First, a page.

What’s driving the future of business education?

14 November 2019

Whether it was Niels Bohr, Yogi Berra or someone else who first said ‘It’s tough to make predictions, especially about the future’, they could have been speaking about business education today. Of course, there are many drivers of change in business education, but in our work six themes seem to recur with growing frequency.

  1. Globalisation – while in some places there is a something of a retreat from the world, elsewhere international student numbers are growing. UNESCO predicts the number of tertiary students worldwide is estimated to grow from 214.1 million in 2015 to 594.1 million by 2040. Alongside growing demand for higher education, there is also increasing international competition among providers. In 2008, five of the FT top 100 full-time MBA programmes were in Asia, in 2018 that had risen to 15.
  2. Changing patterns of student demand – rather than a focus on undergraduates, the market for business education will increasingly be about those already working. Lynda Gratton and Andrew Scott, in their book ‘The 100 year life’, highlight a likely growing need for people to reskill throughout their working lives. While these ‘students’ may not want a traditional on-campus experience, they may look to business schools to help them with learning.
  3. Changing employer demands – not only will employers become growing consumers of business education to reskill employees, but the skills they seek will also change. Data analytics and AI skills are already in demand, but the CarringtonCrisp study, ‘Executive Education Futures’ also found a growing interest in Managing a multi-generational and diverse workforce, Societal impact and Business model innovation.
  4. Technology – will impact business education in many ways, not just programme delivery. The Babson Survey Research Group report in 2017 found that more than 30% of higher education students in the USA (6.36 million) took at least one distance education course, part of a trend that has seen year-on-year growth for 14 years.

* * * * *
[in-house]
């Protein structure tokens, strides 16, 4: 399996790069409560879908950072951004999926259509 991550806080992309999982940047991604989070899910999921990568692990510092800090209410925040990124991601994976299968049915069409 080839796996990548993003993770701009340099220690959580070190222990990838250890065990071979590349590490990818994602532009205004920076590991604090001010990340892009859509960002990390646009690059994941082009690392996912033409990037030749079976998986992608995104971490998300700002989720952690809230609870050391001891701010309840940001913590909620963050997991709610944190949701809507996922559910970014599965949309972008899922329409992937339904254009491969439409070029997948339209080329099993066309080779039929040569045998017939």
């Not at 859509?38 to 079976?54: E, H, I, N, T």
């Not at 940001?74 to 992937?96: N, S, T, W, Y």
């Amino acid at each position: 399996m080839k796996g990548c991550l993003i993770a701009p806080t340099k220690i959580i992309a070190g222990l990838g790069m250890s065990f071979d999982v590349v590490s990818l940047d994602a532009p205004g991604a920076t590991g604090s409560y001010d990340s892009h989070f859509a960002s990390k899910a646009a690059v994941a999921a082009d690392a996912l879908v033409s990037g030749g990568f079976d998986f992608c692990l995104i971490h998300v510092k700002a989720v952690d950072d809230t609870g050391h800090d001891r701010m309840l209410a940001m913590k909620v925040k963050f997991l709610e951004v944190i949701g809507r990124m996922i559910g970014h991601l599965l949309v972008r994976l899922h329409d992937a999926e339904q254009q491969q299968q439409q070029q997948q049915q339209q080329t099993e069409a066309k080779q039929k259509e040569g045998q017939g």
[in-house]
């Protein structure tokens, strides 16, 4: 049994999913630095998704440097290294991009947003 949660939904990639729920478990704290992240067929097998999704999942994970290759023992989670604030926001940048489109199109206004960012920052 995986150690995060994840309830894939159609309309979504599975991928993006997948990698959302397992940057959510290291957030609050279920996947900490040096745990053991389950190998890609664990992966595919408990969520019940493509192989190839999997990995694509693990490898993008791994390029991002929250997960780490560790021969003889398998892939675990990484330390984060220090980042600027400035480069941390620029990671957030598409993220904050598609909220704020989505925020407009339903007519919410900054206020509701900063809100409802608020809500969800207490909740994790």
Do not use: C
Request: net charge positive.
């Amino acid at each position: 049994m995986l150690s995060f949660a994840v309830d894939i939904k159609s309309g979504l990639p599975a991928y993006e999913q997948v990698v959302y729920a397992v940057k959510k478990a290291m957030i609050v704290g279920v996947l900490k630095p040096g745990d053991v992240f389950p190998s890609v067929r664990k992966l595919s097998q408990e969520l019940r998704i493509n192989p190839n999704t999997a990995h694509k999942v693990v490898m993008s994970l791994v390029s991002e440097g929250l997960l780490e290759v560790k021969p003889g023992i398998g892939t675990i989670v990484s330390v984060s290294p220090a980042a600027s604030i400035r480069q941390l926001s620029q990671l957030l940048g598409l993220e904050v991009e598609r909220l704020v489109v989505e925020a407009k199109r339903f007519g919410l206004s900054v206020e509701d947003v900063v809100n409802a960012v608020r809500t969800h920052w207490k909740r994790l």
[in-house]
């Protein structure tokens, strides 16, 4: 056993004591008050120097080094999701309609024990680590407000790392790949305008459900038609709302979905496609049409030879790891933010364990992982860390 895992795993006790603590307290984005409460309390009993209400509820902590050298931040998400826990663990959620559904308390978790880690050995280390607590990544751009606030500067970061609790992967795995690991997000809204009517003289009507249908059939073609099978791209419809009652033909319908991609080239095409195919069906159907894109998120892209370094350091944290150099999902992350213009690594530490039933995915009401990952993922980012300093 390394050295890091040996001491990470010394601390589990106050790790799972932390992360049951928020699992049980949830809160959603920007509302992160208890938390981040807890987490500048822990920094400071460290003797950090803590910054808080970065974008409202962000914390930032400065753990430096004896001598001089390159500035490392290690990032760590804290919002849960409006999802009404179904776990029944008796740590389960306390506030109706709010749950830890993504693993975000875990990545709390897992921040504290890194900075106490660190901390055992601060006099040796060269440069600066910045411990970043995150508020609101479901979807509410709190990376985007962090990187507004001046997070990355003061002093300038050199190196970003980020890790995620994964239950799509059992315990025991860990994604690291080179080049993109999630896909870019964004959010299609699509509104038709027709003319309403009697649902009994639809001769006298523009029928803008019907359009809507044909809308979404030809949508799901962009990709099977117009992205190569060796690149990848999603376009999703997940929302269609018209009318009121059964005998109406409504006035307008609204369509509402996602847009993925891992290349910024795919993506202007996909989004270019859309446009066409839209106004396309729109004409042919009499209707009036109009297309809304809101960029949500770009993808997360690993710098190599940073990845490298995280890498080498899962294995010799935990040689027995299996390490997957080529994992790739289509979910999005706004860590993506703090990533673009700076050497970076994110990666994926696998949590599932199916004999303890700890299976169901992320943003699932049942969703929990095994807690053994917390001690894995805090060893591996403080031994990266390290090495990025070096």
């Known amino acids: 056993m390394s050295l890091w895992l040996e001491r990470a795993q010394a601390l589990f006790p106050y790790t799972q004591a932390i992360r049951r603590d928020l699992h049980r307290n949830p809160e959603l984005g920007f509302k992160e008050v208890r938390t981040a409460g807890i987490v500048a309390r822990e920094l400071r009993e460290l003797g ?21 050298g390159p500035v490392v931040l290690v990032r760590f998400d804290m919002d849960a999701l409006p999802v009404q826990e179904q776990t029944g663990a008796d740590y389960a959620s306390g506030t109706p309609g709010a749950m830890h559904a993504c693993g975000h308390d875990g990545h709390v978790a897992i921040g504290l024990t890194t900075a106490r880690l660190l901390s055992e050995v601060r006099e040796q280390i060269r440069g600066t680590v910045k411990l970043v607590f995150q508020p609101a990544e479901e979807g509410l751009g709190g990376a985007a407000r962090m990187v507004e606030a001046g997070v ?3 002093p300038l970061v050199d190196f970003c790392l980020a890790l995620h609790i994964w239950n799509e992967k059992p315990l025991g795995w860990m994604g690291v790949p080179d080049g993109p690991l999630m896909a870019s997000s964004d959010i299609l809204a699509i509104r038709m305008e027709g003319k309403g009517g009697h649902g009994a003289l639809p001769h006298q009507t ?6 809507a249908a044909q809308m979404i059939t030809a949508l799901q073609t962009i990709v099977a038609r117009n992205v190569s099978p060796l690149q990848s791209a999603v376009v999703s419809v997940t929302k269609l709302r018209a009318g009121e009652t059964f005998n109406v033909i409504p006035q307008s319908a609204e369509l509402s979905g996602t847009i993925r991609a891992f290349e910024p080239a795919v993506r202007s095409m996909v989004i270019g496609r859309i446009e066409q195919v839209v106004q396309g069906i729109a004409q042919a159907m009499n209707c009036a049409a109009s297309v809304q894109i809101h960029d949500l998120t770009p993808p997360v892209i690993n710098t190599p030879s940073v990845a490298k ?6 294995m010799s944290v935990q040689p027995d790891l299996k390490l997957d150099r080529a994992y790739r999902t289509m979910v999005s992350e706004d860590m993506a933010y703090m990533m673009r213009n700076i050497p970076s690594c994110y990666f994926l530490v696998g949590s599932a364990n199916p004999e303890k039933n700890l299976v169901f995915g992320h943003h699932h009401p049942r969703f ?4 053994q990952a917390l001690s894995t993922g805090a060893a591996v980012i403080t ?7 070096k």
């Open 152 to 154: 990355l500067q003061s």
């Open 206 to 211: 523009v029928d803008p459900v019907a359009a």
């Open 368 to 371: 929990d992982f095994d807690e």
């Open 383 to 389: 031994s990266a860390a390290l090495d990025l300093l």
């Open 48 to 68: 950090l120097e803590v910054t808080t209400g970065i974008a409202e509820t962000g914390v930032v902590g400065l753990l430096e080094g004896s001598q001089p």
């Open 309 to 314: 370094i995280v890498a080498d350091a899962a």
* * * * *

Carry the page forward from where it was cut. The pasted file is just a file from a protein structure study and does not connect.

5. Business models – with pressure on state funding in many places, schools are being forced to rethink their business models. Some are even adopting ‘freemium’ models, giving some content available free of charge to draw students in and then charging for additional content or driving income through alumni support.
  6. A wider world – business schools are looking to collaborate more, to help business better understand its place and role in wider society, tackling some of the great global challenges such as climate change and poverty.

If you have a view on the future of business education, please take part in our global study. ‘See the Future’. CarringtonCrisp, working with EFMD and GMAC, has just launched the ‘See the Future’ study to get a better idea of what students, those working in business education and employers think about the future. All those completing the survey can get a free copy of the final project report when it is published next February. If you would like to know more about the study or want help promoting it to those at your business school, drop us a line at info@carringtoncrisp.com To take the survey and leave your views, go to https://bit.ly/2NjsvbU

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